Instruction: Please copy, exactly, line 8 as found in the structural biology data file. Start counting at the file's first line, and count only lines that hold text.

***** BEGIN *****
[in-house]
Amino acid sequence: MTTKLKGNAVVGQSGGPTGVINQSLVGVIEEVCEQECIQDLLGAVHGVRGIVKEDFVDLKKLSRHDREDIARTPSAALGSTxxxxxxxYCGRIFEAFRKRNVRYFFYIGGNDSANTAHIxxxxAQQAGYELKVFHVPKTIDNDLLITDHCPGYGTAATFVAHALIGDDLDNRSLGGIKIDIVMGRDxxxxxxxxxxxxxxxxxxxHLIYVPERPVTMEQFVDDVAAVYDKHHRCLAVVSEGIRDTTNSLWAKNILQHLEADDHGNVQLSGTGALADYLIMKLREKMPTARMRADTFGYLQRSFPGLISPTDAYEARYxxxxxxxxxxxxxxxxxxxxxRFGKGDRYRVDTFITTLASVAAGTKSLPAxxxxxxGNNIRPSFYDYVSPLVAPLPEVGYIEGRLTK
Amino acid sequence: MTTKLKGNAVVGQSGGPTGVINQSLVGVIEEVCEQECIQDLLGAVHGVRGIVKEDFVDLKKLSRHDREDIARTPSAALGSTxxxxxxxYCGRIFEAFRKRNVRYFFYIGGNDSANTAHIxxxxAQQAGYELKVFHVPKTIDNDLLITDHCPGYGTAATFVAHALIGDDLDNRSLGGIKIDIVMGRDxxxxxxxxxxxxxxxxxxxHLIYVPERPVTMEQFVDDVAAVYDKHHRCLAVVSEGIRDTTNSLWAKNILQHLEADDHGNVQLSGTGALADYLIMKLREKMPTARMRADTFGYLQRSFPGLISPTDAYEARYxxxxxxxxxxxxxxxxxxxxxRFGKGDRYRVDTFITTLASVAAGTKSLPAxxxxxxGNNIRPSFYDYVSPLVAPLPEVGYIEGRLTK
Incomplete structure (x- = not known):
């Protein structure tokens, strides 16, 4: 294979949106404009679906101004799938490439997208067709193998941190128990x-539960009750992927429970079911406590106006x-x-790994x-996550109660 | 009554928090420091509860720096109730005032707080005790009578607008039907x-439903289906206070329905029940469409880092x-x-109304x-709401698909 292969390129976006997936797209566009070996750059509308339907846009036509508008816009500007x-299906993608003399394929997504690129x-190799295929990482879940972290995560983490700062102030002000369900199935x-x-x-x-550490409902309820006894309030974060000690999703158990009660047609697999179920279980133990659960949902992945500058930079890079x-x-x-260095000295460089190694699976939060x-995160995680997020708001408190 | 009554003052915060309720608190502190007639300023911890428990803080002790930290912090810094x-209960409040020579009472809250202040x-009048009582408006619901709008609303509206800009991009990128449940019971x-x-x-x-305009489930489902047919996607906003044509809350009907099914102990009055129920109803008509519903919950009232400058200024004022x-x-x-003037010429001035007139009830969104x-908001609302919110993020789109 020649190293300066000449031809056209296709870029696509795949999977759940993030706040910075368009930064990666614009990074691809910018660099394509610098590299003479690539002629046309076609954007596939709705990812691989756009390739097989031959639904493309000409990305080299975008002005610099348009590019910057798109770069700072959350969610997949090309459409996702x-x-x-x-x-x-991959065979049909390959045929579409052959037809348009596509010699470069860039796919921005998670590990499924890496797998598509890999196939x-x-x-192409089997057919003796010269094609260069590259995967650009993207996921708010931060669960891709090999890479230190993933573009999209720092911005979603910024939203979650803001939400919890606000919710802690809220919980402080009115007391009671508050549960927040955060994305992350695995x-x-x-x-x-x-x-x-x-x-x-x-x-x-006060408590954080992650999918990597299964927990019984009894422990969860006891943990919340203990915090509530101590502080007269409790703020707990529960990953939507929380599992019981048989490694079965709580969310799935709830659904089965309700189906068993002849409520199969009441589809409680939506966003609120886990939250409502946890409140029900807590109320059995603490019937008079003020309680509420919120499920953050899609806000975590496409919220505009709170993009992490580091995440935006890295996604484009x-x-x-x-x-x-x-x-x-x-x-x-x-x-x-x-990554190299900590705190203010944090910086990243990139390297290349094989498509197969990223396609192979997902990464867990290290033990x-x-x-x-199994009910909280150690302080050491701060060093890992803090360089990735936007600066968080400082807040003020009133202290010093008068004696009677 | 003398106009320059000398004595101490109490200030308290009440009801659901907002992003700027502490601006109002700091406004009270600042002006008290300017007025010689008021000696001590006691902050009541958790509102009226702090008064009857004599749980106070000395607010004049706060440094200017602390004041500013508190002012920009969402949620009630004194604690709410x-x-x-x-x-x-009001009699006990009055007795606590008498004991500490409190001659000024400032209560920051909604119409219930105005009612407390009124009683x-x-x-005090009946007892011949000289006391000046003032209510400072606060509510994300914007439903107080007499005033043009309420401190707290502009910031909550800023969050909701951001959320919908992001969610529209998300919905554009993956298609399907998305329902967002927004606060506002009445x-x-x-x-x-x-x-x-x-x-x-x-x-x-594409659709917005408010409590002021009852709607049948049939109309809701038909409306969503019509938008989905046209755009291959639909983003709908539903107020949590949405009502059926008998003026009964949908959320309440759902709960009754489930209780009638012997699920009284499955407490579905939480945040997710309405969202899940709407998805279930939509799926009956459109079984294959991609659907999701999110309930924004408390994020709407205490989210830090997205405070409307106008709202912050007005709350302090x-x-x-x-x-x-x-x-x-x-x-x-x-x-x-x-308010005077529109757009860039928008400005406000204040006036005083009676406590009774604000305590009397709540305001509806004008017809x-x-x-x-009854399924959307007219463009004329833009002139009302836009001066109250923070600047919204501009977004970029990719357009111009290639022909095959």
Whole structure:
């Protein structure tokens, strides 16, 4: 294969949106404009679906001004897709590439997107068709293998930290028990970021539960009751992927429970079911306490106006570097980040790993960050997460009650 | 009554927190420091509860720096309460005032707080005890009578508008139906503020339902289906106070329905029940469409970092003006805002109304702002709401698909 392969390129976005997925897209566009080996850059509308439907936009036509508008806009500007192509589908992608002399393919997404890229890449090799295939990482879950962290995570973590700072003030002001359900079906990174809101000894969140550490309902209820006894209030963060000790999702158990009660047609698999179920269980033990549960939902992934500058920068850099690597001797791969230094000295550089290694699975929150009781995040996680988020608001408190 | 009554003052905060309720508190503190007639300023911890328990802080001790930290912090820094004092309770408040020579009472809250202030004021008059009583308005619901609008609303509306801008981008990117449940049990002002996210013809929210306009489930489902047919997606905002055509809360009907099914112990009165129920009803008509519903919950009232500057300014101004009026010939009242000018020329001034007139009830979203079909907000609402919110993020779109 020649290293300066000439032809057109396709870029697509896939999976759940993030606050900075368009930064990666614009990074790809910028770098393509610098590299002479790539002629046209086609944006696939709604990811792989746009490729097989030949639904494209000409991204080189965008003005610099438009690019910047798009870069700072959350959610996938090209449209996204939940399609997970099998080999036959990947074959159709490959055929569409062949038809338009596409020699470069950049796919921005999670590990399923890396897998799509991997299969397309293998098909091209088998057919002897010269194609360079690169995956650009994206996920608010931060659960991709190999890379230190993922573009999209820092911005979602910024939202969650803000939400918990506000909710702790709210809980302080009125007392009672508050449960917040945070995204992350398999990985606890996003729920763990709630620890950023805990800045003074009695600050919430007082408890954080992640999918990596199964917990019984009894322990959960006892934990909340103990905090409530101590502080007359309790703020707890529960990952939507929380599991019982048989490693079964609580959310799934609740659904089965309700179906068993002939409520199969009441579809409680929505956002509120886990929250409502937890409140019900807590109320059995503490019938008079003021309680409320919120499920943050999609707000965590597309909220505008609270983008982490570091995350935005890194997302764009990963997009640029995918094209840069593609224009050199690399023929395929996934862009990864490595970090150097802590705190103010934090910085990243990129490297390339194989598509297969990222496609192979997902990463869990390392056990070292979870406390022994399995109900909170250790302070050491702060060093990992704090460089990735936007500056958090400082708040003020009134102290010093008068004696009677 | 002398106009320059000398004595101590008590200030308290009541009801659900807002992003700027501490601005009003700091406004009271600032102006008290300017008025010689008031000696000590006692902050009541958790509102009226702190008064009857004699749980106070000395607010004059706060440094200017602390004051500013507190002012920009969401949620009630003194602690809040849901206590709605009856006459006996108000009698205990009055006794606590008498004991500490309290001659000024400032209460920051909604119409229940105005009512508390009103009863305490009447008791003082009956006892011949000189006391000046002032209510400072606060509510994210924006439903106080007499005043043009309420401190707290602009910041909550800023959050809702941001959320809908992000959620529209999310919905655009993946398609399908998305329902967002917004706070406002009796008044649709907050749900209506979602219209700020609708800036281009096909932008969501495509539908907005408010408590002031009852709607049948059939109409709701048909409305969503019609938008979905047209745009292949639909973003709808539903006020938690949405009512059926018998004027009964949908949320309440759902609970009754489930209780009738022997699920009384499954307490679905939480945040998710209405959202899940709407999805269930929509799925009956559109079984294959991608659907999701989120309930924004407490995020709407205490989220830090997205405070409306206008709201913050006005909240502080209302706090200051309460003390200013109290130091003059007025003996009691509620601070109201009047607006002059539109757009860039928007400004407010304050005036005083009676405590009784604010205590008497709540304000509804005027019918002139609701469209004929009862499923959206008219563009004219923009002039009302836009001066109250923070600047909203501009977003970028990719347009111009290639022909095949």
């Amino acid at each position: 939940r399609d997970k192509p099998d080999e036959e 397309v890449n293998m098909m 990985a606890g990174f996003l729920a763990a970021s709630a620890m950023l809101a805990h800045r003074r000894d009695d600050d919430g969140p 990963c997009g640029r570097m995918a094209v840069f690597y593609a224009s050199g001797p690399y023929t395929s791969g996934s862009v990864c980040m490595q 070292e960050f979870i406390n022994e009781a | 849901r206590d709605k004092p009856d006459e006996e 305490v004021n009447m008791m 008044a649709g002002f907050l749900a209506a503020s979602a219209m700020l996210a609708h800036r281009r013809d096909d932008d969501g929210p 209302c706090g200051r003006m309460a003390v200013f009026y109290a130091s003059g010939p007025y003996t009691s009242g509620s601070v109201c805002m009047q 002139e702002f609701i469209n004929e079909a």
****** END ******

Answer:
């Amino acid at each position: 939940r399609d997970k192509p099998d080999e036959e 397309v890449n293998m098909m 990985a606890g990174f996003l729920a763990a970021s709630a620890m950023l809101a805990h800045r003074r000894d009695d600050d919430g969140p 990963c997009g640029r570097m995918a094209v840069f690597y593609a224009s050199g001797p690399y023929t395929s791969g996934s862009v990864c980040m490595q 070292e960050f979870i406390n022994e009781a | 849901r206590d709605k004092p009856d006459e006996e 305490v004021n009447m008791m 008044a649709g002002f907050l749900a209506a503020s979602a219209m700020l996210a609708h800036r281009r013809d096909d932008d969501g929210p 209302c706090g200051r003006m309460a003390v200013f009026y109290a130091s003059g010939p007025y003996t009691s009242g509620s601070v109201c805002m009047q 002139e702002f609701i469209n004929e079909a």